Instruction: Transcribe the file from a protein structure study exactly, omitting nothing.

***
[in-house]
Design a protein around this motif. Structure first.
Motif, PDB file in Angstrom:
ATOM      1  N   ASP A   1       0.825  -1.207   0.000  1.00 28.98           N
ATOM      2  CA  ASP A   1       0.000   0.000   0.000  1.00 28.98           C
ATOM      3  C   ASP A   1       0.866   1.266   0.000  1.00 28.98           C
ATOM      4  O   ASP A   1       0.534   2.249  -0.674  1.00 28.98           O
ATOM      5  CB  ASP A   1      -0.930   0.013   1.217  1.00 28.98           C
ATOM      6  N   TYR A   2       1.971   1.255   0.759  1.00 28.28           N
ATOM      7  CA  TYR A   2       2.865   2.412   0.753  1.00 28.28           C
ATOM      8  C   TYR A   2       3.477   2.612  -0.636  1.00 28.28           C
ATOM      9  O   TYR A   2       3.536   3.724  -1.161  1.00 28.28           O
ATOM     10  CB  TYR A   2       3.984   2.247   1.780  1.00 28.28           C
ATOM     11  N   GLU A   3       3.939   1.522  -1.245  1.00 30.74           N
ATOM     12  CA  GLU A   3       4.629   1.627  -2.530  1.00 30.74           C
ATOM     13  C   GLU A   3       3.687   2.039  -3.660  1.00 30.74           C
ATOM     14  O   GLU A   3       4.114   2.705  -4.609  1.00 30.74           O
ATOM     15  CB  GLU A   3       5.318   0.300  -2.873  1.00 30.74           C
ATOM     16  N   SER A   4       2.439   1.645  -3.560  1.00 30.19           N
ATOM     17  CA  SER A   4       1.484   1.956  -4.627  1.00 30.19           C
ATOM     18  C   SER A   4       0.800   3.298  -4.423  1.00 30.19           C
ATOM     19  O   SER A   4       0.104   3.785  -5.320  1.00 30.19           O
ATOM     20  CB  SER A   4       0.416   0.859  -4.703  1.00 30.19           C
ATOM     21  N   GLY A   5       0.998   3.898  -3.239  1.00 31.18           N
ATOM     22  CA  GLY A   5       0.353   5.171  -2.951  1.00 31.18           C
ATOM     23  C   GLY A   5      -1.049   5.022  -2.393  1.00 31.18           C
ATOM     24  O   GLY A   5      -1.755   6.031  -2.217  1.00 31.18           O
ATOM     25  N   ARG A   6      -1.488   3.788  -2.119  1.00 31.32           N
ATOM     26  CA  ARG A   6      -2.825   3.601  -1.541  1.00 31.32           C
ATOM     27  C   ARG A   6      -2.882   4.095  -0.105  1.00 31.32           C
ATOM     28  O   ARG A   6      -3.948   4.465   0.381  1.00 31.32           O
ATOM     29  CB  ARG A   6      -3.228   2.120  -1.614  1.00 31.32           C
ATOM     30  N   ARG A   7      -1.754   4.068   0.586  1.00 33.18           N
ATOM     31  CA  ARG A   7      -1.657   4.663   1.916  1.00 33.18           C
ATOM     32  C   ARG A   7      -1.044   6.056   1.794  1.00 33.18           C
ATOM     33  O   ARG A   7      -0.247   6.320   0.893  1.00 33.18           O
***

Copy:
[in-house]
Design a protein around this motif. Structure first.
Motif, PDB file in Angstrom:
ATOM      1  N   ASP A   1       0.825  -1.207   0.000  1.00 28.98           N
ATOM      2  CA  ASP A   1       0.000   0.000   0.000  1.00 28.98           C
ATOM      3  C   ASP A   1       0.866   1.266   0.000  1.00 28.98           C
ATOM      4  O   ASP A   1       0.534   2.249  -0.674  1.00 28.98           O
ATOM      5  CB  ASP A   1      -0.930   0.013   1.217  1.00 28.98           C
ATOM      6  N   TYR A   2       1.971   1.255   0.759  1.00 28.28           N
ATOM      7  CA  TYR A   2       2.865   2.412   0.753  1.00 28.28           C
ATOM      8  C   TYR A   2       3.477   2.612  -0.636  1.00 28.28           C
ATOM      9  O   TYR A   2       3.536   3.724  -1.161  1.00 28.28           O
ATOM     10  CB  TYR A   2       3.984   2.247   1.780  1.00 28.28           C
ATOM     11  N   GLU A   3       3.939   1.522  -1.245  1.00 30.74           N
ATOM     12  CA  GLU A   3       4.629   1.627  -2.530  1.00 30.74           C
ATOM     13  C   GLU A   3       3.687   2.039  -3.660  1.00 30.74           C
ATOM     14  O   GLU A   3       4.114   2.705  -4.609  1.00 30.74           O
ATOM     15  CB  GLU A   3       5.318   0.300  -2.873  1.00 30.74           C
ATOM     16  N   SER A   4       2.439   1.645  -3.560  1.00 30.19           N
ATOM     17  CA  SER A   4       1.484   1.956  -4.627  1.00 30.19           C
ATOM     18  C   SER A   4       0.800   3.298  -4.423  1.00 30.19           C
ATOM     19  O   SER A   4       0.104   3.785  -5.320  1.00 30.19           O
ATOM     20  CB  SER A   4       0.416   0.859  -4.703  1.00 30.19           C
ATOM     21  N   GLY A   5       0.998   3.898  -3.239  1.00 31.18           N
ATOM     22  CA  GLY A   5       0.353   5.171  -2.951  1.00 31.18           C
ATOM     23  C   GLY A   5      -1.049   5.022  -2.393  1.00 31.18           C
ATOM     24  O   GLY A   5      -1.755   6.031  -2.217  1.00 31.18           O
ATOM     25  N   ARG A   6      -1.488   3.788  -2.119  1.00 31.32           N
ATOM     26  CA  ARG A   6      -2.825   3.601  -1.541  1.00 31.32           C
ATOM     27  C   ARG A   6      -2.882   4.095  -0.105  1.00 31.32           C
ATOM     28  O   ARG A   6      -3.948   4.465   0.381  1.00 31.32           O
ATOM     29  CB  ARG A   6      -3.228   2.120  -1.614  1.00 31.32           C
ATOM     30  N   ARG A   7      -1.754   4.068   0.586  1.00 33.18           N
ATOM     31  CA  ARG A   7      -1.657   4.663   1.916  1.00 33.18           C
ATOM     32  C   ARG A   7      -1.044   6.056   1.794  1.00 33.18           C
ATOM     33  O   ARG A   7      -0.247   6.320   0.893  1.00 33.18           O